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Old 04-24-2012, 04:44 PM
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Originally Posted by Patano (View Post)
But let’s not forget that Tom has this advantage over a peer or a banker that he is the man she loves . He offers her both love and a high degree of freedom and opportunity to be useful in her household, and what’s more, will treat her and support her as his equal, which I don’t think most of the bankers and especially a peer (or most of the men, actually) would have offered her at that time.
Absolutely, she loves Tom and he gives her freedom, but what I was trying to say (and it may have been me who was not clear) was that there could be peers (like Princess Alice's husband) who would allow her to look after her children and there could be upper-middle class bankers, etc, who could let her run a household. Surely Sybil wouldn't marry a man who wouldn't let her have her freedom. that would be unSybil-like. My specific point was that someone in Tom's social class would more likely allow her to work though Pierre Curie allowed Marie to work in the laboratory and win a nobel prize and they had two daughters seven years apart.

Originally Posted by Patano (View Post)
I think that one child should not pose a problem if she wants to continue working; we don’t know how Tom’s job looks like, maybe he’ll be commissioned to write some political book? He still does not work all the time, of course, so there’ll be times where they could arrange something. There’s also Grandma Branson and maybe some aunts. However, having more children may be a problem. I’m not speaking here of this extreme case of 10 children , but a "normal" family of 2-3 children. It’s impossible to imagine the Bransons waiting with extending their family till Sybil’s retirement (I think that they’ll want to have more kids than one). On one hand it seems like a difficult thing to arrange, but on the other hand who can make such thing work if not these two? BTW, were there at that time some options to work part-time?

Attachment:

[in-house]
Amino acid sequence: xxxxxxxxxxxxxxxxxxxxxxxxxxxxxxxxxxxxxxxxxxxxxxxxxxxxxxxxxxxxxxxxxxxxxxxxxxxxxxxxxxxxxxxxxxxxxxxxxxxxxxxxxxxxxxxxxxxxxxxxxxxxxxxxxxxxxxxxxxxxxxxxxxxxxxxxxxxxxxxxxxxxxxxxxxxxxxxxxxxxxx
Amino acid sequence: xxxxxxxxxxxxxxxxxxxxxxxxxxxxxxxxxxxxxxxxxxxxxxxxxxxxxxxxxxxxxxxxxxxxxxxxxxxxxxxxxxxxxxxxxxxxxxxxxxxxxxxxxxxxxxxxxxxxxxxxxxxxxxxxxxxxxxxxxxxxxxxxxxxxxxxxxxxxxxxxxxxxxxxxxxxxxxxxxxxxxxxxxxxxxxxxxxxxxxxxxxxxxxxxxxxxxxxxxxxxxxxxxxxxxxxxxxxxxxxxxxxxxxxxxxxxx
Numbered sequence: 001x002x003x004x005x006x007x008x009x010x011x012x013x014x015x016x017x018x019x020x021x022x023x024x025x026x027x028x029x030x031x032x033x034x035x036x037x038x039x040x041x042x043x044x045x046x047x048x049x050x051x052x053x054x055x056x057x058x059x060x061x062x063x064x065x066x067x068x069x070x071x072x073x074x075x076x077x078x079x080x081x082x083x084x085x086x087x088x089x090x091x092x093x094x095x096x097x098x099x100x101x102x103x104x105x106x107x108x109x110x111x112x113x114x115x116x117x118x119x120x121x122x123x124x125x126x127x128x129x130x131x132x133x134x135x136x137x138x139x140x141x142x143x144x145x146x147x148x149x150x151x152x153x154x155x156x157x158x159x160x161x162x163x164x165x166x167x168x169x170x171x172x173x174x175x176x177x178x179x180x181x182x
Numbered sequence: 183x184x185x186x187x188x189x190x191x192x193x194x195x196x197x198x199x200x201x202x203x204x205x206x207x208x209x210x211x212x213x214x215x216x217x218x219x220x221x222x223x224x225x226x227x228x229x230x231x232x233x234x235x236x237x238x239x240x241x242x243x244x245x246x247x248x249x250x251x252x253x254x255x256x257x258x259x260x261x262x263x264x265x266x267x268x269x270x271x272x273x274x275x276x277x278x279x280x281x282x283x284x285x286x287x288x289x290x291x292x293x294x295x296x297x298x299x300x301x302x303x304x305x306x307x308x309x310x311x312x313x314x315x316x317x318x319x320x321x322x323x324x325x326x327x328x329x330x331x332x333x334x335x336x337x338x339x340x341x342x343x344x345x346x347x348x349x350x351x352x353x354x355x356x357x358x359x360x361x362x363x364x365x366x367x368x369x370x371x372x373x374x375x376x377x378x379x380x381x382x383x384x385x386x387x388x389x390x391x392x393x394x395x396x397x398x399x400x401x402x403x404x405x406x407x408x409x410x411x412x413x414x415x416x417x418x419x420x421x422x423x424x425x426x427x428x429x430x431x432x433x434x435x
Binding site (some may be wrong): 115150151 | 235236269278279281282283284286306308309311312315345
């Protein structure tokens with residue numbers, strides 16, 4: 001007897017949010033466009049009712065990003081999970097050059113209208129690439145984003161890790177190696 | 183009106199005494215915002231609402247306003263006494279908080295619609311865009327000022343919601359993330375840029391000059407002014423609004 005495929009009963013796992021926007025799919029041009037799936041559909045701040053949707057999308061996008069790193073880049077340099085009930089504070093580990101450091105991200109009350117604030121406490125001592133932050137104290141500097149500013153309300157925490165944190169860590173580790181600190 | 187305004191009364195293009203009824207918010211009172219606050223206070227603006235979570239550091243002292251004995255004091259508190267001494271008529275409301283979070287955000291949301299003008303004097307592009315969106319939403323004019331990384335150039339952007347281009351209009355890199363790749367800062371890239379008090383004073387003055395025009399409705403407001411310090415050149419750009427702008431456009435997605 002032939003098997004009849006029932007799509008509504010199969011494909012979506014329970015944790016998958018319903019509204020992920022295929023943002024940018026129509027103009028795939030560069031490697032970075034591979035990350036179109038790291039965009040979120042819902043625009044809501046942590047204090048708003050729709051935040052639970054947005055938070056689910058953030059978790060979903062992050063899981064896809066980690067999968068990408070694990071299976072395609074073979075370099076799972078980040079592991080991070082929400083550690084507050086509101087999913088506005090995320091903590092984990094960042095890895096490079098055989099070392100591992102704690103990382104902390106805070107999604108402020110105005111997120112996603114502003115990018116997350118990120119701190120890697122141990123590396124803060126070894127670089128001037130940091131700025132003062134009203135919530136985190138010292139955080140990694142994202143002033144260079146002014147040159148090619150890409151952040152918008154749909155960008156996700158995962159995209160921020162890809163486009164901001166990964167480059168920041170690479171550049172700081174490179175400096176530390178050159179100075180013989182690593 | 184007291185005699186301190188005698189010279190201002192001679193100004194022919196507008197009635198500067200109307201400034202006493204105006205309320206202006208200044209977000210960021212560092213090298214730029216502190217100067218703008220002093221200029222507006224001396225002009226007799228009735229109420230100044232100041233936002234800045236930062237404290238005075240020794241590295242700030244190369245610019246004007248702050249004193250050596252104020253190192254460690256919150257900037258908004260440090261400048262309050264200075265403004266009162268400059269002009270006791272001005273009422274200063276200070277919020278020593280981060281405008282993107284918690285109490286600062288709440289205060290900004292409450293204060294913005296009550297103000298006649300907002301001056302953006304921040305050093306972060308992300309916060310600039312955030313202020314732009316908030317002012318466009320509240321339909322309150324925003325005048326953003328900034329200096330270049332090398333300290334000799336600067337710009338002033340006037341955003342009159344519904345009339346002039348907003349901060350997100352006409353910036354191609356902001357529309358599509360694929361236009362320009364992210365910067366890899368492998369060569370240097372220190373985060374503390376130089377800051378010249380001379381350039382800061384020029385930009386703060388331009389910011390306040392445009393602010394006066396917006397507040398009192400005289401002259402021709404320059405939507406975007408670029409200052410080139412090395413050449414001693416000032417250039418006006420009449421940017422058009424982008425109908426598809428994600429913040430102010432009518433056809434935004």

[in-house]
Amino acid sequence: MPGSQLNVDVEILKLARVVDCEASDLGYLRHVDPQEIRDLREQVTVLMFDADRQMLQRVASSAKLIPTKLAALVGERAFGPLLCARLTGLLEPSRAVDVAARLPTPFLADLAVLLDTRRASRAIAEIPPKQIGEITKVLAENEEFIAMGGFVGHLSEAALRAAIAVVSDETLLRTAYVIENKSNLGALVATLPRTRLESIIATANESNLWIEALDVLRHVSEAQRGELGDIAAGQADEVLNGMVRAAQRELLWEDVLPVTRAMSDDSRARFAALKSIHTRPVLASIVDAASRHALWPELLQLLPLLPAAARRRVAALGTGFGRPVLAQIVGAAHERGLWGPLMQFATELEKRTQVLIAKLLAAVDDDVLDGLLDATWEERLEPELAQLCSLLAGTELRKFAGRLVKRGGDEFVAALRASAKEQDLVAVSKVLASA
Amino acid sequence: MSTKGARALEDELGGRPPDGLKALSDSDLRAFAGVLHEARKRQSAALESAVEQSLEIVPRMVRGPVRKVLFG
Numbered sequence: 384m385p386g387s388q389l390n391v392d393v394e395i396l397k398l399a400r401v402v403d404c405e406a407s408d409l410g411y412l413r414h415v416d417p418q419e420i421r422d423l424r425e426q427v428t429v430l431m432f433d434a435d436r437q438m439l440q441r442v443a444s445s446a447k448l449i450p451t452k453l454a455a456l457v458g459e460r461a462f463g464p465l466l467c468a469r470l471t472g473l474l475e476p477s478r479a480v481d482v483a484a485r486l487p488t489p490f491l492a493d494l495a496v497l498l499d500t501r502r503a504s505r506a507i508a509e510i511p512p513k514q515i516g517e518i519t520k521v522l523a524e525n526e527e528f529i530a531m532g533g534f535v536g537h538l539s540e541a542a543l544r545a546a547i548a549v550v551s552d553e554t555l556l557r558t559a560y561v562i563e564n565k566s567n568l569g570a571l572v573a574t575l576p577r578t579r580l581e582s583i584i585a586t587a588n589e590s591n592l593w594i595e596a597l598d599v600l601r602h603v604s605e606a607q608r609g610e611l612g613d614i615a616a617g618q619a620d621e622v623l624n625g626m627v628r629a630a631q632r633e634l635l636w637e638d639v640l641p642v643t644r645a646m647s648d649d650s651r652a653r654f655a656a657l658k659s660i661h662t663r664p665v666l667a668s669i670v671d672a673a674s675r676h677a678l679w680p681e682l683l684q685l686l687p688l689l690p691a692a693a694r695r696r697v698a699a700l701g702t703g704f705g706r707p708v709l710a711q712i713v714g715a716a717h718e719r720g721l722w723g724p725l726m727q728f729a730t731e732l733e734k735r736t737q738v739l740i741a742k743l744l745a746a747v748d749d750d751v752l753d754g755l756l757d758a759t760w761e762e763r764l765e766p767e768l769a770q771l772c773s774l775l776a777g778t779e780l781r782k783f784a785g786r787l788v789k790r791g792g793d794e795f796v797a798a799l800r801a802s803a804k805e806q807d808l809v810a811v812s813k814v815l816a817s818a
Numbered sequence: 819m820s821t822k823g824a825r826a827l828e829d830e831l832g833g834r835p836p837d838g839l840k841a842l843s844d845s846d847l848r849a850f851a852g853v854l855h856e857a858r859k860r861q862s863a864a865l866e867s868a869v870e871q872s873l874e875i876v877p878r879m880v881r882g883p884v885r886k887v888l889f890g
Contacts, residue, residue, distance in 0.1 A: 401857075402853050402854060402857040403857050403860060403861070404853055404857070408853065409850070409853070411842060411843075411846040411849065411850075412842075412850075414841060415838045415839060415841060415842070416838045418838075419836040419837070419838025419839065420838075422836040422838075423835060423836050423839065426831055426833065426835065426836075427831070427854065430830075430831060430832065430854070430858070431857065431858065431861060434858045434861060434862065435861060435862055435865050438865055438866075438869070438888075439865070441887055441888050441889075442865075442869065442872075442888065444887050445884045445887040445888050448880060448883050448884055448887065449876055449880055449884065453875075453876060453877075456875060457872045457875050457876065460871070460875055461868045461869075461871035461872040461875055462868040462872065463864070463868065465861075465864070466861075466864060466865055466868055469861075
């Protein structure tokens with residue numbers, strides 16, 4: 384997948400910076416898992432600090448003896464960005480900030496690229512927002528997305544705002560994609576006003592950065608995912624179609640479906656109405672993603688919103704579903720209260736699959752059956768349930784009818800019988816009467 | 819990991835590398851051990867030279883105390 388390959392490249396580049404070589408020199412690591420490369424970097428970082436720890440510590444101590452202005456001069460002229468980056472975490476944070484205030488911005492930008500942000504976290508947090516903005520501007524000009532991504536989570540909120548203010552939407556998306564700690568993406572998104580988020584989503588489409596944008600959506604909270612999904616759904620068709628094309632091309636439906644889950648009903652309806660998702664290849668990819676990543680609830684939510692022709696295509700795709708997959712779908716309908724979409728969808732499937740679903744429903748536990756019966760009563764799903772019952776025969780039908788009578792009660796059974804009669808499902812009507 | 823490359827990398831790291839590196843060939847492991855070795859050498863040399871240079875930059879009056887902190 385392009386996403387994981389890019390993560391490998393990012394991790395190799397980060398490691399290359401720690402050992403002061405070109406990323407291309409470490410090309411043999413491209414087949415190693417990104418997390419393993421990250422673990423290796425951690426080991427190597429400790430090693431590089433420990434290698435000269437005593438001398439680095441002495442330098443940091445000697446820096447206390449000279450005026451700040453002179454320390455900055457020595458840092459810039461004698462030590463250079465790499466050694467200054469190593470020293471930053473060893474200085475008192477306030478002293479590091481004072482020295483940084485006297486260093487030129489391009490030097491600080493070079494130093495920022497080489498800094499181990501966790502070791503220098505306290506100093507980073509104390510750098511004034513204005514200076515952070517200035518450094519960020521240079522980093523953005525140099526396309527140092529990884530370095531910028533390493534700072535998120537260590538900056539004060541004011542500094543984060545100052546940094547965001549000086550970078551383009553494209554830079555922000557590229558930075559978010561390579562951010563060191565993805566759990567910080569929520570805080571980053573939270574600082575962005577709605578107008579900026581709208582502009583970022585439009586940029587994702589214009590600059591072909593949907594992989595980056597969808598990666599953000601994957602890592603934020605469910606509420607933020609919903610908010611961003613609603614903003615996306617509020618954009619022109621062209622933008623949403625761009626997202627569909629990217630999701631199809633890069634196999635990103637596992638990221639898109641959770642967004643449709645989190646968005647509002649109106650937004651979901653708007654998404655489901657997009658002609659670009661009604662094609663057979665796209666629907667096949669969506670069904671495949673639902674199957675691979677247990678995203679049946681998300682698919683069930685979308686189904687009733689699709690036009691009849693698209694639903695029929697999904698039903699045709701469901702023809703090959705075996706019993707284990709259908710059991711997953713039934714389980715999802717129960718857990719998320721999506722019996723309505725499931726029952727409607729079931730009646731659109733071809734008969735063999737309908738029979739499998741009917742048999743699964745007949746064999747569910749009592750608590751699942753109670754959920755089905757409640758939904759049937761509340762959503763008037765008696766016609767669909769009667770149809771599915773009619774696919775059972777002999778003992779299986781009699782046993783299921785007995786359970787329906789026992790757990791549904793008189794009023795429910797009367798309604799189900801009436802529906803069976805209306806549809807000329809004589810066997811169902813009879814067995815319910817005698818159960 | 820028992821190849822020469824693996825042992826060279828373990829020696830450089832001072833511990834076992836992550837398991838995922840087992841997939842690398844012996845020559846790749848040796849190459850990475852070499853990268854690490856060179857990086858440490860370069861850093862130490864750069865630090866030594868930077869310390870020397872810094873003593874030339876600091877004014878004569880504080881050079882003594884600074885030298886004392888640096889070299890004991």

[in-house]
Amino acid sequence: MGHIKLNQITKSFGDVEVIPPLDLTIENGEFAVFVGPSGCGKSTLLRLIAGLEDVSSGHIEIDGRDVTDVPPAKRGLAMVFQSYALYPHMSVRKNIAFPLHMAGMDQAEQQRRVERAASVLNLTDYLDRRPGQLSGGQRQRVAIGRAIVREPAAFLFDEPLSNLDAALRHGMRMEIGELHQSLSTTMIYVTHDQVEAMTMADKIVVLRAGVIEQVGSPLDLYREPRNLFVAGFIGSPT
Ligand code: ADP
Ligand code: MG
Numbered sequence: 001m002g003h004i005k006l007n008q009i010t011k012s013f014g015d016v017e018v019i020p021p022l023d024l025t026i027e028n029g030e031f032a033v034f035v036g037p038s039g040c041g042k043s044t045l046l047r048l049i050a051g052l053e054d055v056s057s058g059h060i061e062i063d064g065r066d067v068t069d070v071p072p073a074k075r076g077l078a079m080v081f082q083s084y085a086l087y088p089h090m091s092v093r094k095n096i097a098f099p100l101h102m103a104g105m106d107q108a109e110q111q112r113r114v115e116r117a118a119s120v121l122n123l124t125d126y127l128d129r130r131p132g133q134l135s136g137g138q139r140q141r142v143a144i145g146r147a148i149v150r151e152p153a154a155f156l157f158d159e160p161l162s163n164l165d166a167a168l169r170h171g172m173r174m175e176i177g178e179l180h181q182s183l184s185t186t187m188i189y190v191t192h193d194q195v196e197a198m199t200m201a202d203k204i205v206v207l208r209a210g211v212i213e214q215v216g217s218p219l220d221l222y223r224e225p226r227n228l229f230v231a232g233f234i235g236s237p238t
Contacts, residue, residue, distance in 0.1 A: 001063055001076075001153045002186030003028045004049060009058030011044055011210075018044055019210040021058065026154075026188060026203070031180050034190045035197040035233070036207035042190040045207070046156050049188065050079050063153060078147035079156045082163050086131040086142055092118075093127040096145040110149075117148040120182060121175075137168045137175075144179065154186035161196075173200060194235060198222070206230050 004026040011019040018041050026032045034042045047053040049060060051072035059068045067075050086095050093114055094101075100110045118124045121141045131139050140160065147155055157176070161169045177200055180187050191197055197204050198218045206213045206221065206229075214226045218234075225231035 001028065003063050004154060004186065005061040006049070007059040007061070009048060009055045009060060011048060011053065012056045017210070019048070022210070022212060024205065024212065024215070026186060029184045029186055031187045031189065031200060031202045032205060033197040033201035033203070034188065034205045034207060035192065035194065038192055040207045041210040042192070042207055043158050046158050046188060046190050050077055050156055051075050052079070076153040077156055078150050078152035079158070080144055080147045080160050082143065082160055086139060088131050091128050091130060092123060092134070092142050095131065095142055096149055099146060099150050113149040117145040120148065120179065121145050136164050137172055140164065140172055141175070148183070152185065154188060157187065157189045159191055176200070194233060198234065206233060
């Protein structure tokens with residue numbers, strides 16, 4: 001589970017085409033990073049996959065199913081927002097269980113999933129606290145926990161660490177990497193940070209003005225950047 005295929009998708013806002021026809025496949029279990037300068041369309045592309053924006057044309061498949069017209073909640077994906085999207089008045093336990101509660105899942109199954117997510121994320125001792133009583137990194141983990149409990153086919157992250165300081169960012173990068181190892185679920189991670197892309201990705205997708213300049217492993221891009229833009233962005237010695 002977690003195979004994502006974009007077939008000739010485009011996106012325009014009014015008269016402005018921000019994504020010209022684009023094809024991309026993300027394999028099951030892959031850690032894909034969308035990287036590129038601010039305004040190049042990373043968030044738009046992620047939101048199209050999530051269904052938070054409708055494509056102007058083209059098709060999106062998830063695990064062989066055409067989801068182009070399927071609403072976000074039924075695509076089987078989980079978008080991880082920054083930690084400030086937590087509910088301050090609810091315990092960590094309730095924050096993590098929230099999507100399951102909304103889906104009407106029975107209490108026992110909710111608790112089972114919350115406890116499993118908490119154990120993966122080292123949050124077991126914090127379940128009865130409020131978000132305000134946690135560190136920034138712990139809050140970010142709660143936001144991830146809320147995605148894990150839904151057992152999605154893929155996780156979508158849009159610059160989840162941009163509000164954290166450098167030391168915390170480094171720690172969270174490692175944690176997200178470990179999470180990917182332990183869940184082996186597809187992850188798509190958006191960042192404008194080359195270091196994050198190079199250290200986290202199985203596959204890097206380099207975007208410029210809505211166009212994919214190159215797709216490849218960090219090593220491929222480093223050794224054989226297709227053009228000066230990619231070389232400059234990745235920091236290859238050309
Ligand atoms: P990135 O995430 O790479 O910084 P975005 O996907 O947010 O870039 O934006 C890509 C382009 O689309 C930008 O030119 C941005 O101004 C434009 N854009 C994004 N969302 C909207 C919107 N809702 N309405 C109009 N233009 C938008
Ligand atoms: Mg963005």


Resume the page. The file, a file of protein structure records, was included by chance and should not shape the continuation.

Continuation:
What was normal for Irish families at the time was 4+ children (this is from a book called The Slow Failure: Population Decline And Independent Ireland, 1922-1973), if you got married that is. In a lot of families at the time they focused their resources to get one child married off and that child ended up having the large family. Meanwhile the other children ended up not marrying and not producing children.

If you looked, I'm sure there were part time work options, but like today most probably didn't pay very well and likely not in nursing.

Originally Posted by HarshBench (View Post)
The truth is I was honestly shocked when I read on another forum a whole string of posts stating that Sybil's pregnancy "ruined" her and she would never have adventures again. That's just patently untrue. All sorts of very important high-profile women have families. Sure, it's a challenge but it's eminently doable. And family life presents its own adventures. That's all I meant.
Where is this lovely forum? As for high profile women, I think I provided an example above.
I can listen no longer in silence. I must speak to you by such means as are within my reach. You pierce my soul.
I am half agony, half hope. Tell me not that I am too late, that such precious feelings are gone for ever.

- Captain Frederick Wentworth, Persuasion, Chapter 23
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